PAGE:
Gray Sarsaparilla
  • Botanical: Smilax aristolochiifolia
  • Family: Smilacaceae
  • Known as: Smilax medica, Mexican Sarsaparilla, Sarsaparilla, Stechwinden
  • Old Use: medicine, culinary
  • Aroma: spicy

Gray Sarsaparilla

Sarsaparilla is a perennial woody climber with tendrils, thin branches and extended ovate leaves that grows about 4 to 5 meters vertically. Its paper-like leaves are pinnate veined, leathery and alternatively arranged. The leaves' width ranges from 10 to 30 cm and the petioles' length is about 5 cm. It is known for its small red berries with 2 or 3 seeds and small green flowers. The flowers are radially symmetrical, dioecious and have umbel inflorescence of 12 flowers. The berries are produced in the fall or in the late summer and stays intact through the winter for animals and birds to eat. Thus the pollination occurs as the unharmed seeds are found in the feces. The surface of the stem is smooth; it also is bent and have thorns at the joints. The hairy roots of sarsaparilla are fibrous and may have few rootlets growing out. They have stiff surface and are deep-rooted, which grows from 2 to 2.5 meters. The color of the roots ranges from brownish gray to black. Sarsaparilla is a persistent plant; even when most roots are cut off from the stem, roots will grow few years later but will be slender and less starchy.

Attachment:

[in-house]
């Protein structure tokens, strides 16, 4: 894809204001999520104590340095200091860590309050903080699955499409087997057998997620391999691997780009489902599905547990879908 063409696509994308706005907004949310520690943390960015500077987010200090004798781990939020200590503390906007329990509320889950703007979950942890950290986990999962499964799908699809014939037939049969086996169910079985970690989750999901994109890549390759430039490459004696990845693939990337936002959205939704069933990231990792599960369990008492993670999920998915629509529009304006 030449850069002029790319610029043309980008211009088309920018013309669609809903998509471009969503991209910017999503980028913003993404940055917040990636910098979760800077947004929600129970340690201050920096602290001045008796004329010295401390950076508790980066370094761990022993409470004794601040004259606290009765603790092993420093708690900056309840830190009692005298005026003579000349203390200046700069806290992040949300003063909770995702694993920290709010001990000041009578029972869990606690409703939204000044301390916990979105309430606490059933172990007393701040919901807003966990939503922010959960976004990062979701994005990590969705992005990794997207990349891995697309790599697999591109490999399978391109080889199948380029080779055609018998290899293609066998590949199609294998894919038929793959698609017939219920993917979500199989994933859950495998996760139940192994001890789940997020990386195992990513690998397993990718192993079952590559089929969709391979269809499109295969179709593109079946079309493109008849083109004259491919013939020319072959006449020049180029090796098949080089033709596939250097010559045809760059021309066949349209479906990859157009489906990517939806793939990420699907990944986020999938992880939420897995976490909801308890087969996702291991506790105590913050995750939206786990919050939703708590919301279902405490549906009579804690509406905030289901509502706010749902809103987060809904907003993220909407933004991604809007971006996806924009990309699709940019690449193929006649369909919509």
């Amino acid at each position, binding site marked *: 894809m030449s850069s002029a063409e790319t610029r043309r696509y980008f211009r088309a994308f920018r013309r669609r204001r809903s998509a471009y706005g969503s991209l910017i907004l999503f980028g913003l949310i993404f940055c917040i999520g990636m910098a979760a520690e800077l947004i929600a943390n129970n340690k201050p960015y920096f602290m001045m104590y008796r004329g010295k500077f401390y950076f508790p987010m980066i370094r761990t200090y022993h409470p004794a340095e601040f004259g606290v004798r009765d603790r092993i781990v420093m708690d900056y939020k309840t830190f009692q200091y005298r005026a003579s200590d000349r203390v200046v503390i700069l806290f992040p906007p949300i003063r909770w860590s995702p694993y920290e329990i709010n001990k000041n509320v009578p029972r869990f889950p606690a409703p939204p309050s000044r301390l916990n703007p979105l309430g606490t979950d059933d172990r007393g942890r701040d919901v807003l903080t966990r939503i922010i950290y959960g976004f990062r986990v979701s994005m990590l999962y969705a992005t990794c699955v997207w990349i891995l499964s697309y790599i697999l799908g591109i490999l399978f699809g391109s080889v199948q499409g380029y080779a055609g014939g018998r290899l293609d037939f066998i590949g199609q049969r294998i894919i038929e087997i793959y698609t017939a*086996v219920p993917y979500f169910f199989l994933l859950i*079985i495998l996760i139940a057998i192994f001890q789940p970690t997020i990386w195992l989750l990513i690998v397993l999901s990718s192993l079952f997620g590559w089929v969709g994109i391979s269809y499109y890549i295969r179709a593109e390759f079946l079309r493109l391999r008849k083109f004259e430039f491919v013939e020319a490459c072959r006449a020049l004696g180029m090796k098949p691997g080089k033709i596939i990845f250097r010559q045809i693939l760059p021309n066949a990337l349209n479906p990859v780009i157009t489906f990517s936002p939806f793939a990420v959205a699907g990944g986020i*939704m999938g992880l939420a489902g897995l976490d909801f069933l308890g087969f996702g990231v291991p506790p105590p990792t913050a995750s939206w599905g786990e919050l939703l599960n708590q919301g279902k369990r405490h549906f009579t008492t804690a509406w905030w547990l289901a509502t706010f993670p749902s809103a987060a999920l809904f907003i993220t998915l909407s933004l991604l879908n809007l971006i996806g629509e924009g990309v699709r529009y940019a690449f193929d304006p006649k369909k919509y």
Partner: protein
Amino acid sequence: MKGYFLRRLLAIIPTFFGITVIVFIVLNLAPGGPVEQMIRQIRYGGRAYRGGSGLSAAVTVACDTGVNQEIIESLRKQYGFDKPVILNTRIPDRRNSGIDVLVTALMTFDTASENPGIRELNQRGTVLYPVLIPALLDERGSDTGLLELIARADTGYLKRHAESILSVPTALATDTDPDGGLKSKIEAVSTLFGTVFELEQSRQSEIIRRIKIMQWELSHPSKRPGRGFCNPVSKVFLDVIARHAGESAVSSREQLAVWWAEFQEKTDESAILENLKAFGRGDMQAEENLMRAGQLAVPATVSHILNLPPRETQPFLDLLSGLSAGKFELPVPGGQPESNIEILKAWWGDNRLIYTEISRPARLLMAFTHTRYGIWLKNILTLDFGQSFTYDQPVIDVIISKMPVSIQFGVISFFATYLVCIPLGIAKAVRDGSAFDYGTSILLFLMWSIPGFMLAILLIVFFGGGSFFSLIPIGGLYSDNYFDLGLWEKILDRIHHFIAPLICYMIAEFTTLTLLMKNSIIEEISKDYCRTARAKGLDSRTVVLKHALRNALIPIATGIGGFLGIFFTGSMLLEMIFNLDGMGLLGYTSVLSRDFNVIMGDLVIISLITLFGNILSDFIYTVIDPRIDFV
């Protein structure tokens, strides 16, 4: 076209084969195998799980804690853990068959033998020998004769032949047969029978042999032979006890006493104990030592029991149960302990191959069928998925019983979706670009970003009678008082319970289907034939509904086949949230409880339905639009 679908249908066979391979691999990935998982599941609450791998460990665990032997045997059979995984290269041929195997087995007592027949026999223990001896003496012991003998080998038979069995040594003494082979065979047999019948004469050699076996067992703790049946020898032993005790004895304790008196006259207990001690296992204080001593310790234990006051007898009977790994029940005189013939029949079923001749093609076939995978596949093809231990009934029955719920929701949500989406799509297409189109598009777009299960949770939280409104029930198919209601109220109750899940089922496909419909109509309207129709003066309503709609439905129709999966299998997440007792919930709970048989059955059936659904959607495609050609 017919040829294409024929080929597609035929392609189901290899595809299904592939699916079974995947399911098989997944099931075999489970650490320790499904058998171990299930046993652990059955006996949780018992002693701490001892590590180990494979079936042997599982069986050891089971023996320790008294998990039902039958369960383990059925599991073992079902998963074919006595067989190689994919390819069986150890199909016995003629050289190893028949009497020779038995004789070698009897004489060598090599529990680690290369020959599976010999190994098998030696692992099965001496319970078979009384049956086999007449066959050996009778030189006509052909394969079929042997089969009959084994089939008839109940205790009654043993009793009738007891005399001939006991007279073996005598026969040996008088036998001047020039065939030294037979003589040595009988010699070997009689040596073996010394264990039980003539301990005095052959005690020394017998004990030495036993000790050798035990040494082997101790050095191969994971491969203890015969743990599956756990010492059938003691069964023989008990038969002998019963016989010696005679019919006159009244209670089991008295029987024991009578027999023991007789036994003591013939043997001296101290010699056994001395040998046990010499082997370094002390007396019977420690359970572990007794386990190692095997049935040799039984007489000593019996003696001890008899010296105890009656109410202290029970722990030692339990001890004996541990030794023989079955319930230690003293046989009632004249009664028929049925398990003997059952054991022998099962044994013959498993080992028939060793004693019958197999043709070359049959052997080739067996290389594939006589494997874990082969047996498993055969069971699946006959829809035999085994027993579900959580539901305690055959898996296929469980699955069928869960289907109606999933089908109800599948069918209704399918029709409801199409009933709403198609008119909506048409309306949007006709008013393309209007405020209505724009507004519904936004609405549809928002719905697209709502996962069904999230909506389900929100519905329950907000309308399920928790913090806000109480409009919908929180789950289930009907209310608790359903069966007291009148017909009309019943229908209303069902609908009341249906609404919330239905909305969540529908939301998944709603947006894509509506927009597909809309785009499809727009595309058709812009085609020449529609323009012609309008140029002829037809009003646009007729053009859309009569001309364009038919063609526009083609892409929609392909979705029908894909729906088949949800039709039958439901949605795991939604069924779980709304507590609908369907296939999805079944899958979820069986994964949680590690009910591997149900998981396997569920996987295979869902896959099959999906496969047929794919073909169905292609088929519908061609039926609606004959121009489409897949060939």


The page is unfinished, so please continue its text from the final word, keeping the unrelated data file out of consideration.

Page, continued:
Heartsease
  • Botanical: Viola tricolor
  • Family: Viola tricolor
  • Known as: heartsease, heart's ease, heart's delight, tickle my fancy, Jack jump up and kiss me, come and cuddle me, three faces in a hood, love in idleness, Wildes Stiefmütterchen, Stiefmütterchen, Ackerveilchen, Muttergottesschuh, Mädchenaugen, Gedenkemein
  • Old Use: medical, culinary, industry
  • Aroma: fruity, herbaceius

Heartsease